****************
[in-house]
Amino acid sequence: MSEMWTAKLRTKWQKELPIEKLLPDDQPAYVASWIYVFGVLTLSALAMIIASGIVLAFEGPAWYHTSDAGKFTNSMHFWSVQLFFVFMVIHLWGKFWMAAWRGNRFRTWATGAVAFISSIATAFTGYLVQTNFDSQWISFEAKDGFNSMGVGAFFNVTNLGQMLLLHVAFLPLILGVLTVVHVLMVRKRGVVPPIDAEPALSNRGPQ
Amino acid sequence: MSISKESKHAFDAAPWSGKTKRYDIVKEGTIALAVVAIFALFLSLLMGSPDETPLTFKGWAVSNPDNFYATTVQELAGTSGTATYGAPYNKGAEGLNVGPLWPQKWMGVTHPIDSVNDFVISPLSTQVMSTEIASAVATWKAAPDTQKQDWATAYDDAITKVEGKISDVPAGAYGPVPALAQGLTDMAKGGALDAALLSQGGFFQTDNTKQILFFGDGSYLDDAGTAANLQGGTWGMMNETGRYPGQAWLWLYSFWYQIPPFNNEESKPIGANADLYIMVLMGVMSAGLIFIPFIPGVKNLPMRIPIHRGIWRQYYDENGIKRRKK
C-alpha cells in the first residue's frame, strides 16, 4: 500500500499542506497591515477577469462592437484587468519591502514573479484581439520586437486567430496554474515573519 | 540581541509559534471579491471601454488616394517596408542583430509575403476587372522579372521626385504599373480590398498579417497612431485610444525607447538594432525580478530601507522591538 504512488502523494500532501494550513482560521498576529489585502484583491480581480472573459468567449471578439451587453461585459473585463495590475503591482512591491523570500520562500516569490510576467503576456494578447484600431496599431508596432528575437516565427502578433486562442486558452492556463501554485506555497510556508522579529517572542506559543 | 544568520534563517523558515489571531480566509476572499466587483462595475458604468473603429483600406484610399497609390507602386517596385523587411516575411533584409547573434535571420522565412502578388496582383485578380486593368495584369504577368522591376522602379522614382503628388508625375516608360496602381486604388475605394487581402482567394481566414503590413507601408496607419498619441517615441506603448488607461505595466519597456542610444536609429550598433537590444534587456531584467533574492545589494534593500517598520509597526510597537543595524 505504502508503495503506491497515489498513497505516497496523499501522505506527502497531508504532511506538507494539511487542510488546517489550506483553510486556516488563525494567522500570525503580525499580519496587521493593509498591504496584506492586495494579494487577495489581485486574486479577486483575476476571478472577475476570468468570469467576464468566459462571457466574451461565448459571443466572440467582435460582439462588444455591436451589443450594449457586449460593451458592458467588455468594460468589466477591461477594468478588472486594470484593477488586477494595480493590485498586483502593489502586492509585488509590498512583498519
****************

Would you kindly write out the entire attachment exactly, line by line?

[in-house]
Amino acid sequence: MSEMWTAKLRTKWQKELPIEKLLPDDQPAYVASWIYVFGVLTLSALAMIIASGIVLAFEGPAWYHTSDAGKFTNSMHFWSVQLFFVFMVIHLWGKFWMAAWRGNRFRTWATGAVAFISSIATAFTGYLVQTNFDSQWISFEAKDGFNSMGVGAFFNVTNLGQMLLLHVAFLPLILGVLTVVHVLMVRKRGVVPPIDAEPALSNRGPQ
Amino acid sequence: MSISKESKHAFDAAPWSGKTKRYDIVKEGTIALAVVAIFALFLSLLMGSPDETPLTFKGWAVSNPDNFYATTVQELAGTSGTATYGAPYNKGAEGLNVGPLWPQKWMGVTHPIDSVNDFVISPLSTQVMSTEIASAVATWKAAPDTQKQDWATAYDDAITKVEGKISDVPAGAYGPVPALAQGLTDMAKGGALDAALLSQGGFFQTDNTKQILFFGDGSYLDDAGTAANLQGGTWGMMNETGRYPGQAWLWLYSFWYQIPPFNNEESKPIGANADLYIMVLMGVMSAGLIFIPFIPGVKNLPMRIPIHRGIWRQYYDENGIKRRKK
C-alpha cells in the first residue's frame, strides 16, 4: 500500500499542506497591515477577469462592437484587468519591502514573479484581439520586437486567430496554474515573519 | 540581541509559534471579491471601454488616394517596408542583430509575403476587372522579372521626385504599373480590398498579417497612431485610444525607447538594432525580478530601507522591538 504512488502523494500532501494550513482560521498576529489585502484583491480581480472573459468567449471578439451587453461585459473585463495590475503591482512591491523570500520562500516569490510576467503576456494578447484600431496599431508596432528575437516565427502578433486562442486558452492556463501554485506555497510556508522579529517572542506559543 | 544568520534563517523558515489571531480566509476572499466587483462595475458604468473603429483600406484610399497609390507602386517596385523587411516575411533584409547573434535571420522565412502578388496582383485578380486593368495584369504577368522591376522602379522614382503628388508625375516608360496602381486604388475605394487581402482567394481566414503590413507601408496607419498619441517615441506603448488607461505595466519597456542610444536609429550598433537590444534587456531584467533574492545589494534593500517598520509597526510597537543595524 505504502508503495503506491497515489498513497505516497496523499501522505506527502497531508504532511506538507494539511487542510488546517489550506483553510486556516488563525494567522500570525503580525499580519496587521493593509498591504496584506492586495494579494487577495489581485486574486479577486483575476476571478472577475476570468468570469467576464468566459462571457466574451461565448459571443466572440467582435460582439462588444455591436451589443450594449457586449460593451458592458467588455468594460468589466477591461477594468478588472486594470484593477488586477494595480493590485498586483502593489502586492509585488509590498512583498519